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Discussion Starter · #1 ·
I have been searching for any information on a "Liliput" KAL. 7,65 Model 1925 pistol. It's stamped with a crown N. I believe this gun has been bored from a 6.35 to a 7.65. I have pictures of it with the stamping marks over the 6.35. I would love to find someone in the state of Iowa that could appraise this gun and more importantly give me any information on it. I've spent years attempting to track down its origins. I did have a gentlemen tell me once that some of the higher class Nazis had them bored to .32 and restamped, but I know no truths about this gun.

Thanks,
Jrod88
 

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Wow, that looks pretty neat & welcome to G&G from the high desert of Southwest Idaho :) . Believe it or not I think I actually seen one of these that someone from our local gun Grapevine had, unfortunately I don't know anything about it other than I think it may be one of the oddball firearms that was made by one of the small Firearms makers in Germany at the time. It could also have been made by one of the small Firearms makers that was taken over, occupied and forced to make firearms for the Germans as well .
 

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God, Guns, Glory
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Welcome to G&G from Alaska.
 

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Moved to a more relevant forum....... I think :confused:

If someone knows a better forum for this thread, please let me know, and I'll move the thread. I have absolutely no knowledge of this firearm.
 
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Discussion Starter · #6 ·
Hey thanks guys for the reply. I have no idea who to even reach out to on this gun. I found an article about the Liliput in a book titled "Pistols of the world Ed 3"

This article is taken from above mentioned book:
Page 155

Liliput: This pistol went on sale in 1920, the first version being a tiny blowback automatic in 4·25mm calibre. The cartridge had originated with the Erika (q.v.), made by Pfannl prior to 1914; Menz adopted it to keep his pistol as small as possible. Although firing a cartridge which was far from common, the Menz Liliput appears to have had a lengthy production life: specimens engraved MODELL 1927 are common. Nevertheless, Menz was sensible enough to see that the Liliput would be more popular in well-known calibre, in 1925 offering a 6·35mm Auto version. A handful was eventually made in 7·65mm Auto, but this version is rare.


Liliput: Maker: August Menz, Suhl. Type: automatic pistol (blowback). Calibre: 4·25mm. Length
overall: 3·46in/88mm. Weight, unladen: 7·9oz/225gm. Barrel: 1·73in/44mm, rifled. Magazine: six-round detachable box.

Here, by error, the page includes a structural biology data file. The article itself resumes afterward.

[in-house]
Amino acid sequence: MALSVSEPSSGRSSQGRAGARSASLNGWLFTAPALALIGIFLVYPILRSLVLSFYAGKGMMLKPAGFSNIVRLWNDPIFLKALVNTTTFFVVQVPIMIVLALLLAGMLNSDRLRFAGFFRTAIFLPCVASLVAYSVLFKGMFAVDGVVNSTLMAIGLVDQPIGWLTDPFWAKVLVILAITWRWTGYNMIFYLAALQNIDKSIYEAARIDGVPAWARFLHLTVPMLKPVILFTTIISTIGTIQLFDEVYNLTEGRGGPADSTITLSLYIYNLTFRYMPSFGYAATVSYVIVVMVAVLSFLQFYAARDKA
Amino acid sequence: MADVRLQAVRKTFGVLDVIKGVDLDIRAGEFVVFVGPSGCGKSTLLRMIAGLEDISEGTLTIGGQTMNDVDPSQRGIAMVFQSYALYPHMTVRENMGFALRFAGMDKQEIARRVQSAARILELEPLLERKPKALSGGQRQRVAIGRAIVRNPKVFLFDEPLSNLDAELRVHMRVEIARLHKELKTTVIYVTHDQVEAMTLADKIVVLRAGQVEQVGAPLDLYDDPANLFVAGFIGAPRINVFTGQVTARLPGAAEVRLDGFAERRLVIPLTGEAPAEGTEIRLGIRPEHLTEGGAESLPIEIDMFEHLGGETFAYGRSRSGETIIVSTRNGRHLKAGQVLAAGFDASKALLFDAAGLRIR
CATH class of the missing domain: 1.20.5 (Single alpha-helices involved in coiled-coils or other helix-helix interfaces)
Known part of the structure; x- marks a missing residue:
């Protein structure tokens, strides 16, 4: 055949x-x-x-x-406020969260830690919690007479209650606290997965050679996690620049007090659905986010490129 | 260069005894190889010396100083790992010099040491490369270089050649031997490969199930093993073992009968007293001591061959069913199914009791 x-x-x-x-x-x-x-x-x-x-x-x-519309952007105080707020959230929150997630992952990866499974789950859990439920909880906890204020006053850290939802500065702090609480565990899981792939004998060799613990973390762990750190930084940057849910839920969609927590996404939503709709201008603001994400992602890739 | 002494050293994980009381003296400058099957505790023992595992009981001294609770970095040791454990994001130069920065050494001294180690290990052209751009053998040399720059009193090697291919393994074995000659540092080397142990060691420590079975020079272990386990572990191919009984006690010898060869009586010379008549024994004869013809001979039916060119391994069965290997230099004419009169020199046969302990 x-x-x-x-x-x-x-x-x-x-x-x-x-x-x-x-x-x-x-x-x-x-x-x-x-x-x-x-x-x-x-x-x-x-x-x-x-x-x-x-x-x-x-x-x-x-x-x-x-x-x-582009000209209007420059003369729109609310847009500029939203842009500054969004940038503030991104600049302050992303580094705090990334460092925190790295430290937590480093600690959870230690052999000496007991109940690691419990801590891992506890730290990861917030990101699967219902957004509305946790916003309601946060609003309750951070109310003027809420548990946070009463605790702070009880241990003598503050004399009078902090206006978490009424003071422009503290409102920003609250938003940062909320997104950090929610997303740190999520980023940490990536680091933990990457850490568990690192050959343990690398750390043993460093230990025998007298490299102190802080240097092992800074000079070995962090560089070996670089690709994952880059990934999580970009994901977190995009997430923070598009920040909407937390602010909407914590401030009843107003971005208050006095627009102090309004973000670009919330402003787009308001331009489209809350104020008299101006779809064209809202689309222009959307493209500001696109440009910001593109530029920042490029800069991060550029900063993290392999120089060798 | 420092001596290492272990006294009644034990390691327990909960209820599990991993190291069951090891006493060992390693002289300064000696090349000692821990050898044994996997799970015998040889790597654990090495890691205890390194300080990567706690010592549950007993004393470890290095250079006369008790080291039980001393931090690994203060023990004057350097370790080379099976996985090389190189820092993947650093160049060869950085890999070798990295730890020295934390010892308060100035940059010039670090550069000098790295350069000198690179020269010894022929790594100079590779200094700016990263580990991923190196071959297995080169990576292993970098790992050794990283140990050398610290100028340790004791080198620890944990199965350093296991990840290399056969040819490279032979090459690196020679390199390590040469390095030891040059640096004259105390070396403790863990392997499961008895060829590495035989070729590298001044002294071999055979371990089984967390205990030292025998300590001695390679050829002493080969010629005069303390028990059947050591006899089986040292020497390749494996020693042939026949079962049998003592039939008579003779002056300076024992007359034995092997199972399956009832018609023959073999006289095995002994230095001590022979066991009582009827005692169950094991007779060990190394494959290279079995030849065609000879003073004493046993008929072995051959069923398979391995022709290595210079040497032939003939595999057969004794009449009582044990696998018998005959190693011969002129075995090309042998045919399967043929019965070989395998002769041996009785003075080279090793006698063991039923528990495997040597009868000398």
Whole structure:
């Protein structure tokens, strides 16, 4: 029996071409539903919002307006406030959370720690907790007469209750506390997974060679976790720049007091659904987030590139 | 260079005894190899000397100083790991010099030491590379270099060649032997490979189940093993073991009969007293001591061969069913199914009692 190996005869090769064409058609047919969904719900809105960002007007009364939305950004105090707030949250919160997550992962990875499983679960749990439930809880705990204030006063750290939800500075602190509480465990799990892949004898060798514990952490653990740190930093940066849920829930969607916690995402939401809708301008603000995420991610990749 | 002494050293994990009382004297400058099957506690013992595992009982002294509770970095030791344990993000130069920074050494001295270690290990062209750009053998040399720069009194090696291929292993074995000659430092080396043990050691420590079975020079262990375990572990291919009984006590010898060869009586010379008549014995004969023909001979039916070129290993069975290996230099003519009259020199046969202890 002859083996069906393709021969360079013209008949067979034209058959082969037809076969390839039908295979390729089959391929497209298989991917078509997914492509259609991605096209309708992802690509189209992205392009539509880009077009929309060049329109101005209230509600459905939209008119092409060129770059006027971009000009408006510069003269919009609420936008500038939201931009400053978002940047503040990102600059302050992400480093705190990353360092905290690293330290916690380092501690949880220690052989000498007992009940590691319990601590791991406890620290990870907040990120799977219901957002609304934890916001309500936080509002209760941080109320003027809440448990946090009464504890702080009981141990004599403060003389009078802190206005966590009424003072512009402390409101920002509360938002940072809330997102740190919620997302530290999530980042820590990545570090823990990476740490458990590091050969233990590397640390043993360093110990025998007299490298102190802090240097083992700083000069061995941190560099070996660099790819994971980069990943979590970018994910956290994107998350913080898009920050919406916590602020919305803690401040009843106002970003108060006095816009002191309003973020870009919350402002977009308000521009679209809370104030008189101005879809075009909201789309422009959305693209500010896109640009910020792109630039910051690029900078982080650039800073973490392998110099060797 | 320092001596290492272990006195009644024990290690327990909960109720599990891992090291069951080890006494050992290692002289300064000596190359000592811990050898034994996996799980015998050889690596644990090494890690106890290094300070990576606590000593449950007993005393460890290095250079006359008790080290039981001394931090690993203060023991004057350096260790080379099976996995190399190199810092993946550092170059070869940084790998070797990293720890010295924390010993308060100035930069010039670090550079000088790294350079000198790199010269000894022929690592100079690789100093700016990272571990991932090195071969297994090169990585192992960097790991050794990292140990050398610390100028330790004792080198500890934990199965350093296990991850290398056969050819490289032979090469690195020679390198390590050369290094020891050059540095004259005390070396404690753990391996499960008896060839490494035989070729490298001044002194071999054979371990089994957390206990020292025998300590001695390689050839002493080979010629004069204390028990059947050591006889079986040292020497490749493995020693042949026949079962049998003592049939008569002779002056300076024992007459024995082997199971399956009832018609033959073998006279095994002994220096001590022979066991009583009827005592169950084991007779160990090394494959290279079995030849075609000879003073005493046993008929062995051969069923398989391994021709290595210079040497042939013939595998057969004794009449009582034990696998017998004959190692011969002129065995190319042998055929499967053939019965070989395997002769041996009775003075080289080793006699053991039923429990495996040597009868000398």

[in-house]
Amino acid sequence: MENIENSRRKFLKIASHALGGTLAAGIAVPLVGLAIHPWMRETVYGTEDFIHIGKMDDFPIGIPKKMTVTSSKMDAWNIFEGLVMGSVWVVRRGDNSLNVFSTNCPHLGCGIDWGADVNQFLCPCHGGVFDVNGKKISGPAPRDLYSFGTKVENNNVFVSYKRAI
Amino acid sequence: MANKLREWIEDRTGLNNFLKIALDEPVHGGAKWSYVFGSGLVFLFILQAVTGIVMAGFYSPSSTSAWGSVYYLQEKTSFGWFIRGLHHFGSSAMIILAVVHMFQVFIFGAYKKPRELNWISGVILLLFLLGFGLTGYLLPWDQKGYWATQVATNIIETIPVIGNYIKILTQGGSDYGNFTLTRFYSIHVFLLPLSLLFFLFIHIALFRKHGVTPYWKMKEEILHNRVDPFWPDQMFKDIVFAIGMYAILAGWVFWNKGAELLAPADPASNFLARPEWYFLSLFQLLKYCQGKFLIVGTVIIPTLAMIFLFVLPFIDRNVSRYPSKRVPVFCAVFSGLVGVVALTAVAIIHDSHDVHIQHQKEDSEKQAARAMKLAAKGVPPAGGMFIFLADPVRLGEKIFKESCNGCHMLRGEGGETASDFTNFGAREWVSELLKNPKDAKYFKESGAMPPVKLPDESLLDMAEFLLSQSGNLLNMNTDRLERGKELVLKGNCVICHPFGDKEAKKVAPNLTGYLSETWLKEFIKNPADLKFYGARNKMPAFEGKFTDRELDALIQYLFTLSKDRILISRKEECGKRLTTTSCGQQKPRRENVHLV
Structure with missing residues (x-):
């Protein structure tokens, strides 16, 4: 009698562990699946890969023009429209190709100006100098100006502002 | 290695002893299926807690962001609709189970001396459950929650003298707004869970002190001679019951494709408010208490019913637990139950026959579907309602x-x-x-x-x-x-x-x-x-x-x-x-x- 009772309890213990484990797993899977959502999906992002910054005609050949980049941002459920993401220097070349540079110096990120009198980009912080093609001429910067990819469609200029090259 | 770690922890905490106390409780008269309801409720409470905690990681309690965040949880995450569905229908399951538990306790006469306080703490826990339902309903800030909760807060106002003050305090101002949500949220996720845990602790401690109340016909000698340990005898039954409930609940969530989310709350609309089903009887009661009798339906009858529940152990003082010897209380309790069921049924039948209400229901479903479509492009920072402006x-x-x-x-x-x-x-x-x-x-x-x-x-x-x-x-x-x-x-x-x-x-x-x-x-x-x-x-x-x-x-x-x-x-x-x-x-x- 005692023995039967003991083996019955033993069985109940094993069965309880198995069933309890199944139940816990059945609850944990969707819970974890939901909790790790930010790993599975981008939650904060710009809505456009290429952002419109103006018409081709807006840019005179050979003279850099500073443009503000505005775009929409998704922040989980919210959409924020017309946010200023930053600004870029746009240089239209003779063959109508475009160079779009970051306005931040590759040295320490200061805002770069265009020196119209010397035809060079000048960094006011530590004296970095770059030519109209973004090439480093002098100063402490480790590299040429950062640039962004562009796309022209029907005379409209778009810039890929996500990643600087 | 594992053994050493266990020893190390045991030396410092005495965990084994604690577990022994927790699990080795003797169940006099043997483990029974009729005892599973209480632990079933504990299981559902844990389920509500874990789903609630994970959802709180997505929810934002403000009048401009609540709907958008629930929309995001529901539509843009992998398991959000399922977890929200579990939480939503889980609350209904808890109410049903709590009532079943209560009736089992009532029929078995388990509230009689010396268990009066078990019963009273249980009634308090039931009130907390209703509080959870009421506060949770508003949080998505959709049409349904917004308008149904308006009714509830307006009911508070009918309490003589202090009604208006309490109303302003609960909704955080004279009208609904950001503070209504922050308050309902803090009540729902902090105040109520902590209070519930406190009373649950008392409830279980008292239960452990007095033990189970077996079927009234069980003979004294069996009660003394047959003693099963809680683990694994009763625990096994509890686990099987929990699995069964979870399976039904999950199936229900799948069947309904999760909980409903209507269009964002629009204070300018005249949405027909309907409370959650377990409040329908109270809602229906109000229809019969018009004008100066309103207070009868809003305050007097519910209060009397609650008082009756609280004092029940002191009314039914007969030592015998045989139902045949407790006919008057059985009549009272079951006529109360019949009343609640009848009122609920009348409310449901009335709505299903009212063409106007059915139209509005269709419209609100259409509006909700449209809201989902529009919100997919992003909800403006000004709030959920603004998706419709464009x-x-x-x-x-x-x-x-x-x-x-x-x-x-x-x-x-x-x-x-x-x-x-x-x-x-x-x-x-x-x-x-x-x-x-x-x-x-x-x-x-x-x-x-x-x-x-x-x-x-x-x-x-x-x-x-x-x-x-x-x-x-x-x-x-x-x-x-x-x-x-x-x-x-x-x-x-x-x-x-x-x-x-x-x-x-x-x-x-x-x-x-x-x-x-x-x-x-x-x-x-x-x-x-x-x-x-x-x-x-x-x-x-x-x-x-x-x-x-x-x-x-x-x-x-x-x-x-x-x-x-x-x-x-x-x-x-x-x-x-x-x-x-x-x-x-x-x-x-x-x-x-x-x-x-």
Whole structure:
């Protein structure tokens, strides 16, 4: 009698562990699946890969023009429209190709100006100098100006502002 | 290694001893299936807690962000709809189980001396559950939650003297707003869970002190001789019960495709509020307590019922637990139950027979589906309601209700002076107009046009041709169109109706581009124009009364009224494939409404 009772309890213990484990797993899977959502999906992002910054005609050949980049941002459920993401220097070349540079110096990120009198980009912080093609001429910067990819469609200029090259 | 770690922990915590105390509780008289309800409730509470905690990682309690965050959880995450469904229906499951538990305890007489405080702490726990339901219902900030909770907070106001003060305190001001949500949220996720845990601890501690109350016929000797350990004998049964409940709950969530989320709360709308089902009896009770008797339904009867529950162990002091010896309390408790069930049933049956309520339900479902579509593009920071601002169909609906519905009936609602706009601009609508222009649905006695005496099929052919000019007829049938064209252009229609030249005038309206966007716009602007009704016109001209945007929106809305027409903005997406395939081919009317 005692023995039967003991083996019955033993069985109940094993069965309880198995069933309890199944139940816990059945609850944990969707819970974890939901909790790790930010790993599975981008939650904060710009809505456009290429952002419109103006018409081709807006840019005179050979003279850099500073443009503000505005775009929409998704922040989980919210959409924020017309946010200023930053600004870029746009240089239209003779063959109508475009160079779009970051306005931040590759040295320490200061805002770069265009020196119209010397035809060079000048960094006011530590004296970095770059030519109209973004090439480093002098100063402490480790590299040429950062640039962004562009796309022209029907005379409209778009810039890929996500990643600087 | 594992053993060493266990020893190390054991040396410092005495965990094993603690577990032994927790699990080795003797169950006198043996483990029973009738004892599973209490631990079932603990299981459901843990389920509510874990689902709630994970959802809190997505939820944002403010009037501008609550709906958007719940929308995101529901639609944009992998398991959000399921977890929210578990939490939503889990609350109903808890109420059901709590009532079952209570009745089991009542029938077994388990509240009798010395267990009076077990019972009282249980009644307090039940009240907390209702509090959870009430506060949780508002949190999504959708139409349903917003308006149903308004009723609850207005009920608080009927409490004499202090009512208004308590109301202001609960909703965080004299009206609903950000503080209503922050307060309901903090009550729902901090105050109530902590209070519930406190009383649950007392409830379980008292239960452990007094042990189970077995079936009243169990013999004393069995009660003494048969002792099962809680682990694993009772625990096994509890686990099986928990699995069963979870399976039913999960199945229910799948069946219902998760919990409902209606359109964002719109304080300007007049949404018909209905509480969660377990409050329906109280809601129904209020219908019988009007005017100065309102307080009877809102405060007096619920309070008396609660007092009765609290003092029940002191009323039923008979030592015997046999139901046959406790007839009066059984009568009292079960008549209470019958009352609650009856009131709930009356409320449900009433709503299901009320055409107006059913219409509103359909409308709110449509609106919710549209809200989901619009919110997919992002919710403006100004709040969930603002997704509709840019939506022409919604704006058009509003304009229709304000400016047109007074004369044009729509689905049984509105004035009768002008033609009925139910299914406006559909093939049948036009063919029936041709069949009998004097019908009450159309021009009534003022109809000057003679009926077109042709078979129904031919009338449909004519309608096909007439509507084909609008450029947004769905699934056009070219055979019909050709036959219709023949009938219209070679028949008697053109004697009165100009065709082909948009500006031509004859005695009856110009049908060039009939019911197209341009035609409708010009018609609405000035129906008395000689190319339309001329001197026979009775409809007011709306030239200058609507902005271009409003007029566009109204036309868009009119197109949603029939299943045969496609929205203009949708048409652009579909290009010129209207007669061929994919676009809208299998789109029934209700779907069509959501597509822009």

It's not much info but does state some of the 1925 models were moved to 7.65. Does anyone in the midwest know of any appraisers specializing in a gun like this? I am at the point where I'll pay to know more about this gun.

Thanks
Jrod88
 

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I have seen a small handful of these Oddball really early European handguns from really small rarely heard of manufacturersmanufacturers , but the name menz does sound familiar , however I don't remember what models they were because they weren't common handguns. What I do remember is that it seems like they were intended more as novelty type Gallery guns and never intended to handle full power loads. Just to be safe I recommend treating it as a gallery gun if you ever plan on firing it if you ever find or have some ammo made for it.
 

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Discussion Starter · #9 ·
Hey GSbuick, the 7.65 is a .32 ACP and the gun actually handles very well. Cycles very fast with no issues, and has never had a jam up. I've been very happy with it, hence the reason why I would like to find some more information out about it.
 

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I'm glad you got a good one because I know that a lot of these oddball usually gallery type guns were never intended for full power loads. They may look alright on the outside and feel ok but they're mostly pot metal and stuff on the inside and it's only a matter of time before you have catastrophic failure from a full power round in them. You may want to have it inspected by your favorite gunsmith inside and out just to make sure everything is up to Snuff so you don't end up with any surprises later.

You may also want to keep an eye on the extractor and ejector depending on me design and consider limiting shooting it because you don't want a part to break that you'll probably never be able to replace short of having new parts made for it
 
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Discussion Starter · #11 ·
Oh yes, I actually have no intentions of ever shooting the gun again. I just wanted to feel what it was like to shoot a gun in 1925ish. I have the original holsters that the P38 and lilput came in, so when I opened the buckle and pulled the guns you could actually smell that era, the oils and leather. I was diagnosed with MS which attacked the nerves in my eyes, so I cannot shoot anymore regardless. I care more about the history, vs actually shooting now a days.
 
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